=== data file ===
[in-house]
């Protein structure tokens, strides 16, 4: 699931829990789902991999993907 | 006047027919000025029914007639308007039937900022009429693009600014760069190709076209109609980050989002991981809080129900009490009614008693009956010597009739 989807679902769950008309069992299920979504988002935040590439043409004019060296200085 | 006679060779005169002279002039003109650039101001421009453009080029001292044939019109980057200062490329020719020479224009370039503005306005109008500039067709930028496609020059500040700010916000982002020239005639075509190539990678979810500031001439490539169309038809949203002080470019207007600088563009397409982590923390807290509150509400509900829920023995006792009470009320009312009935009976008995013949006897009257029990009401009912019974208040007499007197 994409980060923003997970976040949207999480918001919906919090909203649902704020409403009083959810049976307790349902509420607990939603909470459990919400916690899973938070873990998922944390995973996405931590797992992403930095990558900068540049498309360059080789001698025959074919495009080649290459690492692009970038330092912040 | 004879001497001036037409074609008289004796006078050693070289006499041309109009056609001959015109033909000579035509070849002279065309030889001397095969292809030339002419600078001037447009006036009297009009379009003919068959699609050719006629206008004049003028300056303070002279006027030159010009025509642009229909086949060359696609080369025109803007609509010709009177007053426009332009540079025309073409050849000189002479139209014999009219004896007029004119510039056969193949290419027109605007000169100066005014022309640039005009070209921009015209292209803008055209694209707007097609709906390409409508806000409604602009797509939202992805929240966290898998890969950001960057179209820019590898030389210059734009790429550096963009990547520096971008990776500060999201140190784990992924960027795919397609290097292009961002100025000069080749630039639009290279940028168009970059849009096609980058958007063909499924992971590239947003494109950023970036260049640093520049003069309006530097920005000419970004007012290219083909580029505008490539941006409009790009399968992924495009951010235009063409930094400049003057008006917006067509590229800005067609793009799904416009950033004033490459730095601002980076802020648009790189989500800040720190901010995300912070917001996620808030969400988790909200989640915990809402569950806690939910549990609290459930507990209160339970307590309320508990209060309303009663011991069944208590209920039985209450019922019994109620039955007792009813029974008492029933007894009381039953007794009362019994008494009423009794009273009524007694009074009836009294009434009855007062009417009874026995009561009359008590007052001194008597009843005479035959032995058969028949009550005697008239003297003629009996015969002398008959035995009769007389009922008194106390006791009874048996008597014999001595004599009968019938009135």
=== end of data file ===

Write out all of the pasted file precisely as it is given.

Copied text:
[in-house]
């Protein structure tokens, strides 16, 4: 699931829990789902991999993907 | 006047027919000025029914007639308007039937900022009429693009600014760069190709076209109609980050989002991981809080129900009490009614008693009956010597009739 989807679902769950008309069992299920979504988002935040590439043409004019060296200085 | 006679060779005169002279002039003109650039101001421009453009080029001292044939019109980057200062490329020719020479224009370039503005306005109008500039067709930028496609020059500040700010916000982002020239005639075509190539990678979810500031001439490539169309038809949203002080470019207007600088563009397409982590923390807290509150509400509900829920023995006792009470009320009312009935009976008995013949006897009257029990009401009912019974208040007499007197 994409980060923003997970976040949207999480918001919906919090909203649902704020409403009083959810049976307790349902509420607990939603909470459990919400916690899973938070873990998922944390995973996405931590797992992403930095990558900068540049498309360059080789001698025959074919495009080649290459690492692009970038330092912040 | 004879001497001036037409074609008289004796006078050693070289006499041309109009056609001959015109033909000579035509070849002279065309030889001397095969292809030339002419600078001037447009006036009297009009379009003919068959699609050719006629206008004049003028300056303070002279006027030159010009025509642009229909086949060359696609080369025109803007609509010709009177007053426009332009540079025309073409050849000189002479139209014999009219004896007029004119510039056969193949290419027109605007000169100066005014022309640039005009070209921009015209292209803008055209694209707007097609709906390409409508806000409604602009797509939202992805929240966290898998890969950001960057179209820019590898030389210059734009790429550096963009990547520096971008990776500060999201140190784990992924960027795919397609290097292009961002100025000069080749630039639009290279940028168009970059849009096609980058958007063909499924992971590239947003494109950023970036260049640093520049003069309006530097920005000419970004007012290219083909580029505008490539941006409009790009399968992924495009951010235009063409930094400049003057008006917006067509590229800005067609793009799904416009950033004033490459730095601002980076802020648009790189989500800040720190901010995300912070917001996620808030969400988790909200989640915990809402569950806690939910549990609290459930507990209160339970307590309320508990209060309303009663011991069944208590209920039985209450019922019994109620039955007792009813029974008492029933007894009381039953007794009362019994008494009423009794009273009524007694009074009836009294009434009855007062009417009874026995009561009359008590007052001194008597009843005479035959032995058969028949009550005697008239003297003629009996015969002398008959035995009769007389009922008194106390006791009874048996008597014999001595004599009968019938009135």